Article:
Bangarra Dance Theater

Last night, we went to see the Bangarra Dance Troupe, an Aboriginal dance company from Australia performing in the Budapest Spring Festival. This was the first time we had been to the Festival Theater at the Performing Arts Center.

There was a bit of a mix-up with seating. Our tickets were for the 2nd row, seats 7 and 8; however, the usherette told us row five. Scrutinizing our tickets, we could not find a five anywhere, but went obediently to row five and seats 7 and 8…until someone else claimed our seats. As it turns out, the first three rows are A, B, C and then row 1 begins. We were not the only confused ones, because there were Hungarians in our seats, and others that were in their assigned seats should have been in a box in the upper part of the theater. At least they speak the language, so they should have understood.

Staging was simple, yet effective. There was what reminded me of a giant mammoth’s rib cage. Smoke was pumped in from the rear of the stage, causing a haunting effect. The first dance was called “Very Old Things” aptly named as it portrayed the traditional culture of the Torres Strait Island people’s customs for hunting, fishing, celebrating the rain, and the power of desire and excitement.

More than half of the dancers looked as indigenous as I do, but this did not detract from the power of their performance. Every movement was breathtaking. While watching, I was wishing I had this on a DVD that I could watch at least fifty times before tiring of it. Their body movements were incredible, incorporating traditional dance with ballet type movements. Just imagining their muscle contortions as they danced has made as sore this morning as days of rehearsal.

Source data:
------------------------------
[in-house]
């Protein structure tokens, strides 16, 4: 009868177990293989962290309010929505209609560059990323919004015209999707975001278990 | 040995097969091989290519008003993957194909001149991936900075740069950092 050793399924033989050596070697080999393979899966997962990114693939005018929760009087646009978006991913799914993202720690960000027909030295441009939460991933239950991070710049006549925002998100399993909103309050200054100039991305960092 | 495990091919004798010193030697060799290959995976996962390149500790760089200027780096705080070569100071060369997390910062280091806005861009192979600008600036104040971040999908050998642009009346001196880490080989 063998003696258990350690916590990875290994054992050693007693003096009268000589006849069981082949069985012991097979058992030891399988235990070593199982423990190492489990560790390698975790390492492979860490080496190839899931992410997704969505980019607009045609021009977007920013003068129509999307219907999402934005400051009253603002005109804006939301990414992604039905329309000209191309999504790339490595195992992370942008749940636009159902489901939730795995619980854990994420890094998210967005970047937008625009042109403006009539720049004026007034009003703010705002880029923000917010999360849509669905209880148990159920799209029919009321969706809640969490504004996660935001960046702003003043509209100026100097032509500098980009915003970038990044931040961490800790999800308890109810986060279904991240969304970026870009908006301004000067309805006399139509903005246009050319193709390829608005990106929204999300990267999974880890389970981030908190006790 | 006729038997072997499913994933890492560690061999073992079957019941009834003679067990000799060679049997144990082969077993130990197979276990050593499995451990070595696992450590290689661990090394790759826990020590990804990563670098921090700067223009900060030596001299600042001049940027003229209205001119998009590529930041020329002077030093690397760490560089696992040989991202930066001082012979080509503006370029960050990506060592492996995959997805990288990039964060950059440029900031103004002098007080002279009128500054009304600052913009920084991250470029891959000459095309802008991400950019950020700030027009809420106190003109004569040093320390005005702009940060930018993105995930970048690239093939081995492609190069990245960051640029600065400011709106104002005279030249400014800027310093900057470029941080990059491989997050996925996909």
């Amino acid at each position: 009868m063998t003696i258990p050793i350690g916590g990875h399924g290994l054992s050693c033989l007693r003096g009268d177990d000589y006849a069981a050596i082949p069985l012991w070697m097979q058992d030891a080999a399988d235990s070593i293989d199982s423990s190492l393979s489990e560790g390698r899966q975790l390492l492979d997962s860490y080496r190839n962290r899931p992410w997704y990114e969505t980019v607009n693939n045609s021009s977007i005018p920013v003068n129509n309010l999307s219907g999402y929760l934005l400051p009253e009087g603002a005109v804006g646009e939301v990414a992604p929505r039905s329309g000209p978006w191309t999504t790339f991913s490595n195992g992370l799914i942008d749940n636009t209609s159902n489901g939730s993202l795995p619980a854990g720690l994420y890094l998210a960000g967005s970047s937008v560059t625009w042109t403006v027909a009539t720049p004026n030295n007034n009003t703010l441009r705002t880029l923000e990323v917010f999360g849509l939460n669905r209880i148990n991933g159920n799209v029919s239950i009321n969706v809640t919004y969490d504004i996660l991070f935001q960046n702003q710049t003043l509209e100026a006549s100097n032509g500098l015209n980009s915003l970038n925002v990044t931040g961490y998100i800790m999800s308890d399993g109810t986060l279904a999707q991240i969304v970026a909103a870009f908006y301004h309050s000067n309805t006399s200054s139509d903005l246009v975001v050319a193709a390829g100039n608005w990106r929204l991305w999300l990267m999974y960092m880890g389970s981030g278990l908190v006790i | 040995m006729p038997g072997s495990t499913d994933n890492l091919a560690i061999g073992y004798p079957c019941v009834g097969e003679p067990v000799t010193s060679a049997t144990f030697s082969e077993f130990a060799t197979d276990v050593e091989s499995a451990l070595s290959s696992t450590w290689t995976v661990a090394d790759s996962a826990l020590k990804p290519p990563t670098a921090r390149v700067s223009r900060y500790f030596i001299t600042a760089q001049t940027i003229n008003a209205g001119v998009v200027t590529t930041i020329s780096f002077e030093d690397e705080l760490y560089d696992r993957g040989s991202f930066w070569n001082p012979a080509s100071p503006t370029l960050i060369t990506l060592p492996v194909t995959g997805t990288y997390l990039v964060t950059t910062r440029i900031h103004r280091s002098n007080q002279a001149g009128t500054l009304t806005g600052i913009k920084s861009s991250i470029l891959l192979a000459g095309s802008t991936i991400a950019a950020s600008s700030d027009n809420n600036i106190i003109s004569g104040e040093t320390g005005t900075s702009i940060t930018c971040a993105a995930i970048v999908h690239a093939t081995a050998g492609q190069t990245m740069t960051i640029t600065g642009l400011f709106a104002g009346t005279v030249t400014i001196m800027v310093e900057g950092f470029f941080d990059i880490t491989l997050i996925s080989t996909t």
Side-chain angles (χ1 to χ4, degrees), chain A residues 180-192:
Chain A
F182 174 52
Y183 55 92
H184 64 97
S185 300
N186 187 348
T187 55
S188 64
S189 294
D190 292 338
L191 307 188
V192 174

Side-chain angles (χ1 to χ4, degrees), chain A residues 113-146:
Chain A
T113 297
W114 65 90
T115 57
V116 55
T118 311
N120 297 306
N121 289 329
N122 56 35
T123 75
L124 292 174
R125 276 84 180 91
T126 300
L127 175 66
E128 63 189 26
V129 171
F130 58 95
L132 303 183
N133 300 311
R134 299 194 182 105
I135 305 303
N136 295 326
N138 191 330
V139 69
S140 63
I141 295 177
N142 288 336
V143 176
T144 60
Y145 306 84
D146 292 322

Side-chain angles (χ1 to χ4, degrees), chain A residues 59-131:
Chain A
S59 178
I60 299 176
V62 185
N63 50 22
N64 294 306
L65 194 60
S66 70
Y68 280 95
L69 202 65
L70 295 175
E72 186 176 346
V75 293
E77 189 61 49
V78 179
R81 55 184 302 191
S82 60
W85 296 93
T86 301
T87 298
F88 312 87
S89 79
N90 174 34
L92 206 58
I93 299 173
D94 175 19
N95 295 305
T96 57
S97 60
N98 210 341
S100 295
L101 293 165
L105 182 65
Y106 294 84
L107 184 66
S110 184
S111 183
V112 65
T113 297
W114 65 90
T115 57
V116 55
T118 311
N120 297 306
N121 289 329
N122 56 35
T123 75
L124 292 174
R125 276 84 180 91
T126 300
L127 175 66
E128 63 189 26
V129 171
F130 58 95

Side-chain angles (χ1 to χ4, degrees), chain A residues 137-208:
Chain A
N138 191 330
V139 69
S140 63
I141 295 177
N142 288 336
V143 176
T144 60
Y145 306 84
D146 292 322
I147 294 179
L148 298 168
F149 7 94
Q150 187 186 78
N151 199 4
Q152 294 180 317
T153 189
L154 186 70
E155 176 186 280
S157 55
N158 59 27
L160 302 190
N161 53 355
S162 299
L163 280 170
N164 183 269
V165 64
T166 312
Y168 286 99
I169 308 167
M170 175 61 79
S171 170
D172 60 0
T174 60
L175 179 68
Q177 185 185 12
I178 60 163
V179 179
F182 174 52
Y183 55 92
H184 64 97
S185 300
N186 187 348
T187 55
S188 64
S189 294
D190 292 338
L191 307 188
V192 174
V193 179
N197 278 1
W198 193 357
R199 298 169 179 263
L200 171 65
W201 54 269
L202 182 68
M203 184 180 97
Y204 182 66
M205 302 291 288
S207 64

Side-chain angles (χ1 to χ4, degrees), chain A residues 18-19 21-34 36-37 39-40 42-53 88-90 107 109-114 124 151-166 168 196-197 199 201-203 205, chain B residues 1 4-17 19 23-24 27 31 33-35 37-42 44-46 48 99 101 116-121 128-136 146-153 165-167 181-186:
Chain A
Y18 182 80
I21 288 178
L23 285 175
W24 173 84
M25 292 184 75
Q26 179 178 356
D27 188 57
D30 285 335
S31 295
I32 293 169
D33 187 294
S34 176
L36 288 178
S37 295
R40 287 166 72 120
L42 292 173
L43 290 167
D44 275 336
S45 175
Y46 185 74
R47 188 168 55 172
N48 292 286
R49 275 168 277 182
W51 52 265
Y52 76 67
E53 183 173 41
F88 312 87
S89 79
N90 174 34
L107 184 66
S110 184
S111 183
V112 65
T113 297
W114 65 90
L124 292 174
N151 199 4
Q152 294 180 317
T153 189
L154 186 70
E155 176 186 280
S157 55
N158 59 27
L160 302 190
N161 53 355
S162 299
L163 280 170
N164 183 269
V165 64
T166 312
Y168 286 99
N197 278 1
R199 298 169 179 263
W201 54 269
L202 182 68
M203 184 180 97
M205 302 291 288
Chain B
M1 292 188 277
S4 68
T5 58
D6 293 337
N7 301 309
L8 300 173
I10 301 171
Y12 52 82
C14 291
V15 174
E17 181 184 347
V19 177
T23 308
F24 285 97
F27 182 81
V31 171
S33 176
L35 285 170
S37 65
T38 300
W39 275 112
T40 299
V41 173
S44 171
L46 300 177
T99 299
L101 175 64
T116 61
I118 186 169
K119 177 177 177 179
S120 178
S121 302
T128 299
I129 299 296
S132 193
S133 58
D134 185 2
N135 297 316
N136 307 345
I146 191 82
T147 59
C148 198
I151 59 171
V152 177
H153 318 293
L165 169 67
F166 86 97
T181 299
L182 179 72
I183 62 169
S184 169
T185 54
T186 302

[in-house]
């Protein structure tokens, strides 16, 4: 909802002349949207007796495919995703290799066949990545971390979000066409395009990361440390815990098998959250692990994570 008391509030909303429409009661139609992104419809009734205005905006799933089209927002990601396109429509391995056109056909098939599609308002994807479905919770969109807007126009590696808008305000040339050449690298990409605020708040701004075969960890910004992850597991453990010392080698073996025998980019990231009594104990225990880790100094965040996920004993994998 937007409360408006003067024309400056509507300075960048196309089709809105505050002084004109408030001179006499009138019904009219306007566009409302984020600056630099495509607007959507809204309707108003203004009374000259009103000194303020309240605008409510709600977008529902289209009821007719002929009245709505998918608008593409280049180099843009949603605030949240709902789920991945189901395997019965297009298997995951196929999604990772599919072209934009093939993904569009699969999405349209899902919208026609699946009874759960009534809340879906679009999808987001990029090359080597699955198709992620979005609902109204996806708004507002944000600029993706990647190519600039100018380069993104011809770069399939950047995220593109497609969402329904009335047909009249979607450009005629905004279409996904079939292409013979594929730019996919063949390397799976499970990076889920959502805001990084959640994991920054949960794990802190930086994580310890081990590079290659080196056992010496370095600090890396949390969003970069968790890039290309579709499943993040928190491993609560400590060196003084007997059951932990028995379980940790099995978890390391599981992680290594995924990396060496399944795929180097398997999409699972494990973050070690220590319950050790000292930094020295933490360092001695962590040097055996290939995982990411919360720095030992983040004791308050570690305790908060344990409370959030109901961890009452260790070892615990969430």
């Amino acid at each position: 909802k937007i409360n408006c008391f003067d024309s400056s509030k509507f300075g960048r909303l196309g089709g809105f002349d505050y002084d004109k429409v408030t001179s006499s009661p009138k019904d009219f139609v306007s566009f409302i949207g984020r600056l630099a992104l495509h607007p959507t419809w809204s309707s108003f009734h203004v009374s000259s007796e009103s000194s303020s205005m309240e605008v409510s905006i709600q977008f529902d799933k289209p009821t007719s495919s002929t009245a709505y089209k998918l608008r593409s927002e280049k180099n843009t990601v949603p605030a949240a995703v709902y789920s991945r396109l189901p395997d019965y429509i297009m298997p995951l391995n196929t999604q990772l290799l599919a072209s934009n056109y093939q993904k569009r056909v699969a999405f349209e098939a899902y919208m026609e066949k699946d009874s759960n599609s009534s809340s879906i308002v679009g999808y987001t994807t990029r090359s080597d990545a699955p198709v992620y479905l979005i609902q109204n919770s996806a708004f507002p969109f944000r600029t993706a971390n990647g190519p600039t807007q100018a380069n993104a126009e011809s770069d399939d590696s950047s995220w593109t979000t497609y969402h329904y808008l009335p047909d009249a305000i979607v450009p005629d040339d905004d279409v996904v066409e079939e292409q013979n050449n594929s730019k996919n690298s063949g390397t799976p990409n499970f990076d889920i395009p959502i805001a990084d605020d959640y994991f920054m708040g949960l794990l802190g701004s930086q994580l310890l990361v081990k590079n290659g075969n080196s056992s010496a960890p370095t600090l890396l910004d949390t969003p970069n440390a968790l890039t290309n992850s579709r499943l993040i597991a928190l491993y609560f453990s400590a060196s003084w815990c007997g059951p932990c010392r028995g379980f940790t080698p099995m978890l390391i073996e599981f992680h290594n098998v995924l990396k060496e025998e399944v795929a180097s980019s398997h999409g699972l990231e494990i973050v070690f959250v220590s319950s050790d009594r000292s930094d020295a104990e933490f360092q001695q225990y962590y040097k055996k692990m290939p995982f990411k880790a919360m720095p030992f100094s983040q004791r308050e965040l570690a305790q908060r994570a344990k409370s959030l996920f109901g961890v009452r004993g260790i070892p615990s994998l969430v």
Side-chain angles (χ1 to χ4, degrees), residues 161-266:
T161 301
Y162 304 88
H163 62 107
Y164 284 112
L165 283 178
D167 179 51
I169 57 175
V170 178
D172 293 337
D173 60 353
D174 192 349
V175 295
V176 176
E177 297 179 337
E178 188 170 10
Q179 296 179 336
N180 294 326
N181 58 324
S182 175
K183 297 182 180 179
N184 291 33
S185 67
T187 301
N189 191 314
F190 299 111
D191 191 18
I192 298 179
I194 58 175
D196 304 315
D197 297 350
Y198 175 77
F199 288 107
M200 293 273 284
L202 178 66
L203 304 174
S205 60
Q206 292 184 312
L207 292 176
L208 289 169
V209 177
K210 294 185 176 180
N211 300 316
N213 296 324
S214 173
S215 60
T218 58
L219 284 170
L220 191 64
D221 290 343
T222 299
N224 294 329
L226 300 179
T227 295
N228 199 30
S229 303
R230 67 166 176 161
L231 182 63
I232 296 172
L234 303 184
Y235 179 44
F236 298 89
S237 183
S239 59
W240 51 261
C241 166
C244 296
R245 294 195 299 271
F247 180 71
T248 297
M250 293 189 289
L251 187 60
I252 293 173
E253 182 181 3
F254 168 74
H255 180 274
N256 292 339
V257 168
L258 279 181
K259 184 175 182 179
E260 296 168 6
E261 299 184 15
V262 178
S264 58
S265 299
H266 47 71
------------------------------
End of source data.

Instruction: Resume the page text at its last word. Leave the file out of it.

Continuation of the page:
After the intermission, their next offering was more somber, a piece called X300. Australia had an agreement with the UK in the 1950s to allow atomic explosion testing on Maralinga Tjarutja traditional lands, assuming they were uninhabited. The code name for the testing was X300. Symbolizing the joy prior, the dance starts out with jubilance, but the captivating lighting alters the mood conveying the bomb has gone off. As the dance progresses, we witness the islanders as they struggle for survival. Beyond the upsetting theme, the movements and costumes of the performers enrapture the audience to feel their pain, while at the same time celebrating the power of the body to espouse such depth of emotion.

The choreographer, Elma Kris, is a Torres Strait Islander herself. The works were amazing.